An Author Usability Trial for the Networked Assessment Toolkit (NEST)

Craig Burton, Lorraine Johnston

Abstract


The on-going development of NEST, the Networked Assessment Toolkit, was studied as an example of how a WWW-mounted computer program must be designed to have a pared-down interface that does not attempt to mimic the kind of user control we are used to in stand-alone software.

Originally a UNIX command-line translator for marking up HTML exams, NEST was recently improved so that its authoring capabilities could be used via the WWW. Developed at the University of Melbourne in 1996, NEST was chosen for assessment of its WWW interface to determine how a complex piece of software can support a WWW interface.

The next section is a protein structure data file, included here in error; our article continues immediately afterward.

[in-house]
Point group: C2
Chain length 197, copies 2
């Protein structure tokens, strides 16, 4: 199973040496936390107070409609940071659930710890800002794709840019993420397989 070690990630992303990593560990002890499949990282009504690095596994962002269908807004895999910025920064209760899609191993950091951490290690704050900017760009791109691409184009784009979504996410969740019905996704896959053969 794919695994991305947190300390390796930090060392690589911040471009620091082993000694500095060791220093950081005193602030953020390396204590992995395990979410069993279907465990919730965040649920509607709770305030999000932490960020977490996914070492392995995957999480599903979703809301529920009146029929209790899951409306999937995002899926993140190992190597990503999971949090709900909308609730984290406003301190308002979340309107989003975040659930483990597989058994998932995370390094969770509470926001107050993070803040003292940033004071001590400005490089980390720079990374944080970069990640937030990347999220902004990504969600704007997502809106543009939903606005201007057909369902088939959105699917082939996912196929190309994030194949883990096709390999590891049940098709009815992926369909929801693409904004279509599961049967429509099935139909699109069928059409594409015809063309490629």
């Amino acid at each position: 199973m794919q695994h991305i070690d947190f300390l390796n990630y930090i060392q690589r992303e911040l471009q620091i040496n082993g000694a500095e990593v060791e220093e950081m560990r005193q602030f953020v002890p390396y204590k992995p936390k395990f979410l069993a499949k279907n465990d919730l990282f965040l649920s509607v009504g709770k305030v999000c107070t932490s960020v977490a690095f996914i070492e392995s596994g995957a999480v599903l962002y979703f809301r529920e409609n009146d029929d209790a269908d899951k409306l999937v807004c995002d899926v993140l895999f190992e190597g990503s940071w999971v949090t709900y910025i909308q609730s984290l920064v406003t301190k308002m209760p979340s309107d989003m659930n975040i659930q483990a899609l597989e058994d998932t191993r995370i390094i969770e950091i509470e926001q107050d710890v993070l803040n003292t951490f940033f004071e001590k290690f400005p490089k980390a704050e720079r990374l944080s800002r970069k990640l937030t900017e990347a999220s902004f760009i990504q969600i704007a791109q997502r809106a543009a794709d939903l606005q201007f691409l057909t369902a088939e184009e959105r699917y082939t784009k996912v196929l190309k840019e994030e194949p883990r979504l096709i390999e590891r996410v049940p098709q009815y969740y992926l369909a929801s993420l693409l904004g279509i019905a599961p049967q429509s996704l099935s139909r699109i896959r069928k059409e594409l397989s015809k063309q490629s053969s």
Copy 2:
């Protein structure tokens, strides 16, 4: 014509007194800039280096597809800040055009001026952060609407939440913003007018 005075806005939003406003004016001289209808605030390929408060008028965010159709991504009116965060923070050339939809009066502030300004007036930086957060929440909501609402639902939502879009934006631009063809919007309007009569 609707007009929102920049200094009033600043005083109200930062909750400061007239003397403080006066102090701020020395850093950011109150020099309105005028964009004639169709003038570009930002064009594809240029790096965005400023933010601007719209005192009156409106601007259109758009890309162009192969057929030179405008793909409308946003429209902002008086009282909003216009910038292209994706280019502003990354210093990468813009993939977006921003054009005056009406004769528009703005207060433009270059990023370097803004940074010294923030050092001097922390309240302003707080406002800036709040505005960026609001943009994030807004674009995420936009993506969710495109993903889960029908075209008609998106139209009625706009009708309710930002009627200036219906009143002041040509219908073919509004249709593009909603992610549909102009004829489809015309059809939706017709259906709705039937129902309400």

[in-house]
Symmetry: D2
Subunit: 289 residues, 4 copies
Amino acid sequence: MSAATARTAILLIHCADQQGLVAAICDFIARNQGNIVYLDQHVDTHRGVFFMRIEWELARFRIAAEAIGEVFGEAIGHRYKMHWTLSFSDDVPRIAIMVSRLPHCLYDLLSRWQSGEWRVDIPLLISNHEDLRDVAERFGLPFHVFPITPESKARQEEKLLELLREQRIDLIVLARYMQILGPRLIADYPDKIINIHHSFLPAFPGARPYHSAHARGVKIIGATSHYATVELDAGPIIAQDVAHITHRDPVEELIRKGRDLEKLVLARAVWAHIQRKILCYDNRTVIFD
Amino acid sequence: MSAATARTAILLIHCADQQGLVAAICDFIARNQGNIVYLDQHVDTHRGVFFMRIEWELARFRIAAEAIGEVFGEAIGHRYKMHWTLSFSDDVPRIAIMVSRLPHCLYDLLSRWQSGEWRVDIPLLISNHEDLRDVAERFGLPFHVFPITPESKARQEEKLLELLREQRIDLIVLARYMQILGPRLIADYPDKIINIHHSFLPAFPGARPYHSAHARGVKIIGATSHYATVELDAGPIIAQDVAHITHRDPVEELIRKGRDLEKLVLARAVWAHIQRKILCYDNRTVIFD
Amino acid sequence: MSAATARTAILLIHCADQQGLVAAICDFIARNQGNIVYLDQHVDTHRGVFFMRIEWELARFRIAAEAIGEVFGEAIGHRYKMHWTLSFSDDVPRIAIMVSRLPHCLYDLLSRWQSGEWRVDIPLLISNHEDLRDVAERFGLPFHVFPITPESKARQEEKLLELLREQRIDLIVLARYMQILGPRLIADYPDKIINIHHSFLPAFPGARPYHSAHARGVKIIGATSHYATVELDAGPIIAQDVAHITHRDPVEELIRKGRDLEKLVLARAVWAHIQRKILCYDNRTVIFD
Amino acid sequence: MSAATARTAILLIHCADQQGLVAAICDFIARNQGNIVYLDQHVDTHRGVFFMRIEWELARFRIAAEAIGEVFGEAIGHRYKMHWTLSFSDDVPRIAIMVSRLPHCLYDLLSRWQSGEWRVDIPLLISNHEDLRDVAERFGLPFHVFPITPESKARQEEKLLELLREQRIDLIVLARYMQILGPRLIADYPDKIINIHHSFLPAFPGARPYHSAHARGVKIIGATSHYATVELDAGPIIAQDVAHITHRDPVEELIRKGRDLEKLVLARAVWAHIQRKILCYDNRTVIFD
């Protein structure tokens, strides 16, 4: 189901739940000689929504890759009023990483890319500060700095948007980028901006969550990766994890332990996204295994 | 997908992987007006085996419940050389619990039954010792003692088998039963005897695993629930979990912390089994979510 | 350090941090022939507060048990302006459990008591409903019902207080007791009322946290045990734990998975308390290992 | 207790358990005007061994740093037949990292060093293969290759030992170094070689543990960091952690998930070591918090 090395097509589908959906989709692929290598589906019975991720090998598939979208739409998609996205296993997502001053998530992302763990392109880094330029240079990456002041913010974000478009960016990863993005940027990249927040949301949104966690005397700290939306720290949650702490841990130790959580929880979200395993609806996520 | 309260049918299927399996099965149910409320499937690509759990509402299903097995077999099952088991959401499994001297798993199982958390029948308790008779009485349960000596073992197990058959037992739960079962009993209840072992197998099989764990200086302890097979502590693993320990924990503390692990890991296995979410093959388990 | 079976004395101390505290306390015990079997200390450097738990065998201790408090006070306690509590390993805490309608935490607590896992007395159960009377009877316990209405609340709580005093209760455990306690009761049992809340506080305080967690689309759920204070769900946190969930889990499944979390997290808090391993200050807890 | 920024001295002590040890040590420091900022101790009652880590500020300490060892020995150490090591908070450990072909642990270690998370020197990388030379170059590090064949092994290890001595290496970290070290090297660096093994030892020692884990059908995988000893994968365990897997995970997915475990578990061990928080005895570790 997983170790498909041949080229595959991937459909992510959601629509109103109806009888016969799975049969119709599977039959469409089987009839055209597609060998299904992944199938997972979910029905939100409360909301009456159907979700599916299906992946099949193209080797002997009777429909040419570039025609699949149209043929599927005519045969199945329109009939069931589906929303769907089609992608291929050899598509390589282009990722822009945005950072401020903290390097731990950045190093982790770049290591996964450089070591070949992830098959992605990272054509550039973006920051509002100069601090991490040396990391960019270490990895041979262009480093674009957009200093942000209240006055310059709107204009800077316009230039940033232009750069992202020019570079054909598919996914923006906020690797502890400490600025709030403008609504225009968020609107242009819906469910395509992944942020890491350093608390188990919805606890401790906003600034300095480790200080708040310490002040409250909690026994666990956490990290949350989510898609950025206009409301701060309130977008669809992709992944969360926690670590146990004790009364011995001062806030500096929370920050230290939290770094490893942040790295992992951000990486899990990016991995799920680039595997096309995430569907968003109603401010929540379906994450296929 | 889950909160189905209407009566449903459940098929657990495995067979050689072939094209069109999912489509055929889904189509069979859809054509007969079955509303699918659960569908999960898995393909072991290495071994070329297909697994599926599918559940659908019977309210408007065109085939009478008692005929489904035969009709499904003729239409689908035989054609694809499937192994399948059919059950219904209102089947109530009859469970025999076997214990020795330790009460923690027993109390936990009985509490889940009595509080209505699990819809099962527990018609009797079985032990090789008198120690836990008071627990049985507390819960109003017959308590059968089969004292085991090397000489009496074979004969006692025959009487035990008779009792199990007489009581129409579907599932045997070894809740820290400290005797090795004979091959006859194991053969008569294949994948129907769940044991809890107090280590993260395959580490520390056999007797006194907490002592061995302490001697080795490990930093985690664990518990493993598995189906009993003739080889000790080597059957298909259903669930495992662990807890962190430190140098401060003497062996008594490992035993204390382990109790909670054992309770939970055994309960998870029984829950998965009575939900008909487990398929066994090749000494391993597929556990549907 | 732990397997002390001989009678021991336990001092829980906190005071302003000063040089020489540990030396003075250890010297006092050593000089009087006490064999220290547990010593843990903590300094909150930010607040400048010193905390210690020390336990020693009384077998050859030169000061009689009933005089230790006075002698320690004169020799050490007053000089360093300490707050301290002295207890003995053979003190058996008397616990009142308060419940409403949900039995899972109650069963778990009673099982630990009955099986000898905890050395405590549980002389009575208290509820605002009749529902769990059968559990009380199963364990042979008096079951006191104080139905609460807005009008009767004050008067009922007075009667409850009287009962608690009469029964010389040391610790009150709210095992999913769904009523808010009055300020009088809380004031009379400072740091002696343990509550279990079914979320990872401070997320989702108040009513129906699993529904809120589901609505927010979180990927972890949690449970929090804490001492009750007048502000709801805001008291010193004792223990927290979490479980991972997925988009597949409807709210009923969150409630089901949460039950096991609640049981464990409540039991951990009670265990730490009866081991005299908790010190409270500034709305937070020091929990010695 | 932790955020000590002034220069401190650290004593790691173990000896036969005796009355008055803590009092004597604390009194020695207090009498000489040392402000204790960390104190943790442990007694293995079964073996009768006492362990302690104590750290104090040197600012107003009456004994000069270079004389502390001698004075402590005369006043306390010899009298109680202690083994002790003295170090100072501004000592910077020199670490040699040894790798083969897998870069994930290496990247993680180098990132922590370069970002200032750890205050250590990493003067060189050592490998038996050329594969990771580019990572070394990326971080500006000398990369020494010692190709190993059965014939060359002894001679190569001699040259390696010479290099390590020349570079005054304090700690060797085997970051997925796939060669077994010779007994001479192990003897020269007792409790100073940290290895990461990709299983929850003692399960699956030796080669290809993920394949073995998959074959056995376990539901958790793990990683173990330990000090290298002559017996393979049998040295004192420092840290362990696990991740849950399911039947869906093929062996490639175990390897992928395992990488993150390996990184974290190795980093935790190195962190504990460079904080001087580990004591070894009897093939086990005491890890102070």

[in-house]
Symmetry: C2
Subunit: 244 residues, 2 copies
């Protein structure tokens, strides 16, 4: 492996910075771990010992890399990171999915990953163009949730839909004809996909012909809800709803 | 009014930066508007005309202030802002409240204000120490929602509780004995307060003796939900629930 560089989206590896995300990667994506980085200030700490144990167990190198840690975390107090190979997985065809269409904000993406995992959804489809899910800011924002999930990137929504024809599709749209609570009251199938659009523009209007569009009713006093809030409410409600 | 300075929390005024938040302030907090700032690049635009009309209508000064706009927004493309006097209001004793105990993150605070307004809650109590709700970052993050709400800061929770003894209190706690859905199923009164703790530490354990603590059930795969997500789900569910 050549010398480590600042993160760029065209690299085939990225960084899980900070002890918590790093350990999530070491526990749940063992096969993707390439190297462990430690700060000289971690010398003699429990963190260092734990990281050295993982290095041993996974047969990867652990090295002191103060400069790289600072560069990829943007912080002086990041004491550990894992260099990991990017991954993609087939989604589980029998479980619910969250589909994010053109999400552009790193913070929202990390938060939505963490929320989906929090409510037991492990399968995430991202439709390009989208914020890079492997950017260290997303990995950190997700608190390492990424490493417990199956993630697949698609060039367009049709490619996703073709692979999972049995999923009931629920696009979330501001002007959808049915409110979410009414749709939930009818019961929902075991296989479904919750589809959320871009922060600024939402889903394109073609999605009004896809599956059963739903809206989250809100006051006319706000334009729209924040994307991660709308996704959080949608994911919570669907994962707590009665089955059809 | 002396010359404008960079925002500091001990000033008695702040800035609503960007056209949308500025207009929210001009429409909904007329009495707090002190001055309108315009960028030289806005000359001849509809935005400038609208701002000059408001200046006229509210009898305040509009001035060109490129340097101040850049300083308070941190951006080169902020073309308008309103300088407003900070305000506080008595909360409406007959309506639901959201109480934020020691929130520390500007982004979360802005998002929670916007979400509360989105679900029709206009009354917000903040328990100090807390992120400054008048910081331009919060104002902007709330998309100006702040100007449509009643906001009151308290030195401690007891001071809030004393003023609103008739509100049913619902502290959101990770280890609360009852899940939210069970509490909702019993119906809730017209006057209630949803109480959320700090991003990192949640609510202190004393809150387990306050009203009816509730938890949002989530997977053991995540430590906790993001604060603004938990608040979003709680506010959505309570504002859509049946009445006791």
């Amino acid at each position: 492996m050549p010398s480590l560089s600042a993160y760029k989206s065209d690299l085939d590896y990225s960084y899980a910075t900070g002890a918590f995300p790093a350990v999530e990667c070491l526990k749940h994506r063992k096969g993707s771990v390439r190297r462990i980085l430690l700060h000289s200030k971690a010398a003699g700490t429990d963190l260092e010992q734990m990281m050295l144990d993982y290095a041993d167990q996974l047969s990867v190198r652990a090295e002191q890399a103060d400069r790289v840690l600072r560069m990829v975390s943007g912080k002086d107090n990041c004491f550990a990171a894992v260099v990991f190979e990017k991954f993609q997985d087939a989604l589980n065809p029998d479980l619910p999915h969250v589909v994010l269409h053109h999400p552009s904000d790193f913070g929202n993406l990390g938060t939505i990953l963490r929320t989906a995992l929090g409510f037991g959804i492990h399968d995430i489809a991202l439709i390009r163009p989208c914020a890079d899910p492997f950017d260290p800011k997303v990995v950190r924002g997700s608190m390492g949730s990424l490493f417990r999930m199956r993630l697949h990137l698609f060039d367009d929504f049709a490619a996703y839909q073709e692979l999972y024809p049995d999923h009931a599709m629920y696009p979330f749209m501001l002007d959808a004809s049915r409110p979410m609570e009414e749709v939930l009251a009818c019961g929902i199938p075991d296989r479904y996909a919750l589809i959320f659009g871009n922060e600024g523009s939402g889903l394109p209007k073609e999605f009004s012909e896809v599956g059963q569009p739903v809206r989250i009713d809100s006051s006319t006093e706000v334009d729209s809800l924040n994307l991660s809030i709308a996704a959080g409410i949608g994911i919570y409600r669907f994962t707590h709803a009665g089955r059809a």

A non-trivially complex application, NEST was considered to be representative of the types of applications desirable for access via the WWW.

The philosophies behind NEST, its interface and its function are described below, followed by the rationale for, and outcomes of, a usability study. This paper is most concerned with the areas where technical design considerations have a significant impact on usability issues.

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